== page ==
The present disclosure relates to aerosol delivery devices such as smoking articles, and more particularly to aerosol delivery devices that may utilize electrically generated heat for the production of aerosol (e.g., smoking articles commonly referred to as electronic cigarettes). The smoking articles may be configured to heat an aerosol precursor, which may incorporate materials that may be made or derived from, or otherwise incorporate tobacco, the precursor being capable of forming an inhalable substance for human consumption.

BACKGROUND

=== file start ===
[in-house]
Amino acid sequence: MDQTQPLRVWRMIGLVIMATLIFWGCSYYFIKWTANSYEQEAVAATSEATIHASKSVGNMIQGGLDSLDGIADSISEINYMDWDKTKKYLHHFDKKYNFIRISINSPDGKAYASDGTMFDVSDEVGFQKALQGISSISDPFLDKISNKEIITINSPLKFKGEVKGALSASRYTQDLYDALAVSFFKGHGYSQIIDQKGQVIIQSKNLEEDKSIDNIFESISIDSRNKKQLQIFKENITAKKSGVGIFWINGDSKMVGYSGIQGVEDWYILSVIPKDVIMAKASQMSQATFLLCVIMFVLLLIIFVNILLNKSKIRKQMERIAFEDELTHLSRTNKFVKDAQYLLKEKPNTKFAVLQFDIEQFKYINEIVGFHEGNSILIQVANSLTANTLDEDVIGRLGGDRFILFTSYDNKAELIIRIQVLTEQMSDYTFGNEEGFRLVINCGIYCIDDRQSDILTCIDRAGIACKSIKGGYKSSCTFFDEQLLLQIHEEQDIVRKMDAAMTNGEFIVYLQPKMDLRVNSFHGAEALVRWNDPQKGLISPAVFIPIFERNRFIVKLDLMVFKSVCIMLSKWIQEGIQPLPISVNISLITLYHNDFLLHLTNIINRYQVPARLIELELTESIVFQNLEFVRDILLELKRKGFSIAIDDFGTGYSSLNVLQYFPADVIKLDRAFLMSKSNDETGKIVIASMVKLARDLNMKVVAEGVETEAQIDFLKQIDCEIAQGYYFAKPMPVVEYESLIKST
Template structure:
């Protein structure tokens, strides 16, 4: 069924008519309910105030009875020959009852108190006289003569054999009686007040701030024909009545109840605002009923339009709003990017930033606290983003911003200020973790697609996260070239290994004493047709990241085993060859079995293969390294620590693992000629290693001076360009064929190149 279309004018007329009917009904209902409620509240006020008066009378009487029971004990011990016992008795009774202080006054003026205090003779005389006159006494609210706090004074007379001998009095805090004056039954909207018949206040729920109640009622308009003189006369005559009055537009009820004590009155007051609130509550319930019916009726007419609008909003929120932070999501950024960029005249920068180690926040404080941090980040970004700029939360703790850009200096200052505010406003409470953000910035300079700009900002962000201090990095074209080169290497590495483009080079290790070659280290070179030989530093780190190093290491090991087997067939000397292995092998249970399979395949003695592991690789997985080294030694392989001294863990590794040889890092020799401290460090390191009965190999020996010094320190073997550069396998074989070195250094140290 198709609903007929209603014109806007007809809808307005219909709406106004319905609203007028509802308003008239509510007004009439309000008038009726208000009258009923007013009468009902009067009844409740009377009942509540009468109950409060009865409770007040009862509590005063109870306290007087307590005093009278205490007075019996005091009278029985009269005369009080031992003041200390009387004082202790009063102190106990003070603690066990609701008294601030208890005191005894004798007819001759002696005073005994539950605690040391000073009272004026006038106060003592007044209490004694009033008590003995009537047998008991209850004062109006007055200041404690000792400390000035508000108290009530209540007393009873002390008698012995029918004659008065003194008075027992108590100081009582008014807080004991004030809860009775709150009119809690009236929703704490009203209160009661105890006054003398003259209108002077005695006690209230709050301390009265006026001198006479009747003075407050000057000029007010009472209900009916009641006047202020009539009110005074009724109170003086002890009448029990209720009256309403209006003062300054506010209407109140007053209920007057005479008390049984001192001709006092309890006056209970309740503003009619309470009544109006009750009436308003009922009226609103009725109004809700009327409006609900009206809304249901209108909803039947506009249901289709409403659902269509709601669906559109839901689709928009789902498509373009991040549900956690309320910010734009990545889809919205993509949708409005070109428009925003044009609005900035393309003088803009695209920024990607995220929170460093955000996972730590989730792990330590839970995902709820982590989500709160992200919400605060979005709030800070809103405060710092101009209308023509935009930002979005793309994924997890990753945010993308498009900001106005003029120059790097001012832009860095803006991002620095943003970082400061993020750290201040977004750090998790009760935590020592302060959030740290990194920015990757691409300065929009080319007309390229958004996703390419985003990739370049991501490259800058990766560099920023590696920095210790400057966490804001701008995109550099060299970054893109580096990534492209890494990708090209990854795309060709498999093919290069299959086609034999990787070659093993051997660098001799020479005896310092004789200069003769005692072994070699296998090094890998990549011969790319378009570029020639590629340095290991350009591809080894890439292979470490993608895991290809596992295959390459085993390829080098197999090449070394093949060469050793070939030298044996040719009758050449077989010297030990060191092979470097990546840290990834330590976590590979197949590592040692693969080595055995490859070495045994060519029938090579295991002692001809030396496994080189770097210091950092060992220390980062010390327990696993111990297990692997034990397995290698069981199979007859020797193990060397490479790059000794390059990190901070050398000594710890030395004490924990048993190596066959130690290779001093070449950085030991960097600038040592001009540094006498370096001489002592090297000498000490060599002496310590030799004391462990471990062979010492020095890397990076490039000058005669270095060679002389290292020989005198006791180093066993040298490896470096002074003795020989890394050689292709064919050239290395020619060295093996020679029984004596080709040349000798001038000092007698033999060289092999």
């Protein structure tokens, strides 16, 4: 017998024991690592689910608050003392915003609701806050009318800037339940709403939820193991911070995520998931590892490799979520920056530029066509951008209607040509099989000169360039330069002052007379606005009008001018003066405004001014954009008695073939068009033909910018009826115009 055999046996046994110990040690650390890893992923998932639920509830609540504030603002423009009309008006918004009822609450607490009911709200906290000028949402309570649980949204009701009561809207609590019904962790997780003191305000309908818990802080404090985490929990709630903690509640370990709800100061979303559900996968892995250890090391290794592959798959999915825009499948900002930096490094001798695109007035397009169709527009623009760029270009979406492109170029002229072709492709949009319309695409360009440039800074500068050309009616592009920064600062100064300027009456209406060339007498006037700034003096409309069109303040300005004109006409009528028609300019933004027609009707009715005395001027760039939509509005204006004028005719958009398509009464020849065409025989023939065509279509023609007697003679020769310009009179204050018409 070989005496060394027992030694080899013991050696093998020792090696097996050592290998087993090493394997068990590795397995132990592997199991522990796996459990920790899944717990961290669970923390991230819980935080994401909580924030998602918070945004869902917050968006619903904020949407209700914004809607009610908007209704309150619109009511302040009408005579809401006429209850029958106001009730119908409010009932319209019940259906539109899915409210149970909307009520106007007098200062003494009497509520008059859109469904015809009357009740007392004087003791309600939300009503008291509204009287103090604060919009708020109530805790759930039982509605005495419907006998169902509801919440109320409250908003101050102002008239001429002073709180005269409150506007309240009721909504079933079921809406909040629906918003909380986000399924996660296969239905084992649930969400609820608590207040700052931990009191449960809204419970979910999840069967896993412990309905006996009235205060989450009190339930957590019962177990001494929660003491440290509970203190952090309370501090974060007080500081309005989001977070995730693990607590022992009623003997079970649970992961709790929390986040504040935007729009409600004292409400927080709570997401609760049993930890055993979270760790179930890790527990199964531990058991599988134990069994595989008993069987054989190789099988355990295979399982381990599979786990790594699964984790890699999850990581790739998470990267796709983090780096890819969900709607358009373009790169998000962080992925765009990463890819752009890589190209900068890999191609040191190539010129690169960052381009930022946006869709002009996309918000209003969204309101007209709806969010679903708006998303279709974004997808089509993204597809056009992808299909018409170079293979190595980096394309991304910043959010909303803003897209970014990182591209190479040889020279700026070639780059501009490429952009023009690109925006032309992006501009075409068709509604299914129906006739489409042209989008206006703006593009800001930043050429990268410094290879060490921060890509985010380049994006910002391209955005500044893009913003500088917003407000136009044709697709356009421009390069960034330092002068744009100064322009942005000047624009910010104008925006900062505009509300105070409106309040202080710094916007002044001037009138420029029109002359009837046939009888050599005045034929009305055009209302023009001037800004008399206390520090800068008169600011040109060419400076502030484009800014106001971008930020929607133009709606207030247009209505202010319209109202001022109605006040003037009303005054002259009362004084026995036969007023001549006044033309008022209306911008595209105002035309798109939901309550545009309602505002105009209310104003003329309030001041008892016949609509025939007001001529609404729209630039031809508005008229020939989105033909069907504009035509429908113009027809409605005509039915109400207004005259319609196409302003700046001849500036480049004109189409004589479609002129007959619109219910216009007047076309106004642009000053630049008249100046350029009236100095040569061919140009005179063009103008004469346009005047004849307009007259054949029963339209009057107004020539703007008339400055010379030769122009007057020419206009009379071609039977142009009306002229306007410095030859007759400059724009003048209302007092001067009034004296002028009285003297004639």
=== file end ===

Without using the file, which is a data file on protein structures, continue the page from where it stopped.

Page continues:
Many devices have been proposed through the years as improvements upon, or alternatives to, smoking products that require combusting tobacco for use. Many of those devices purportedly have been designed to provide the sensations associated with cigarette, cigar, or pipe smoking, but without delivering considerable quantities of incomplete combustion and pyrolysis products that result from the burning of tobacco. To this end, there have been proposed numerous alternative smoking products, flavor generators, and medicinal inhalers that utilize electrical energy to vaporize or heat a volatile material, or attempt to provide the sensations of cigarette, cigar, or pipe smoking without burning tobacco to a significant degree. See, for example, the various alternative smoking articles, aerosol delivery devices and heat generating sources set forth in the background art described in U.S. Pat. No. 8,881,737 to Collett et al., U.S. Pat. App. Pub. No. 2013/0255702 to Griffith Jr. et al., U.S. Pat. App. Pub. No. 2014/0000638 to Sebastian et al., U.S. Pat. App. Pub. No. 2014/0096781 to Sears et al., U.S. Pat. App. Pub. No. 2014/0096782 to Ampolini et al., U.S. Pat. App. Pub. No. 2015/0059780 to Davis et al., and U.S. Pat. App. Ser. No. 15/222,615 to Watson et al., filed July 28, 2016, all of which are incorporated herein by reference. See also, for example, the various embodiments of products and heating configurations described in the background sections of U.S. Pat. Nos. 5,388,594 to Counts et al. and 8,079,371 to Robinson et al., which are incorporated by reference in their entireties.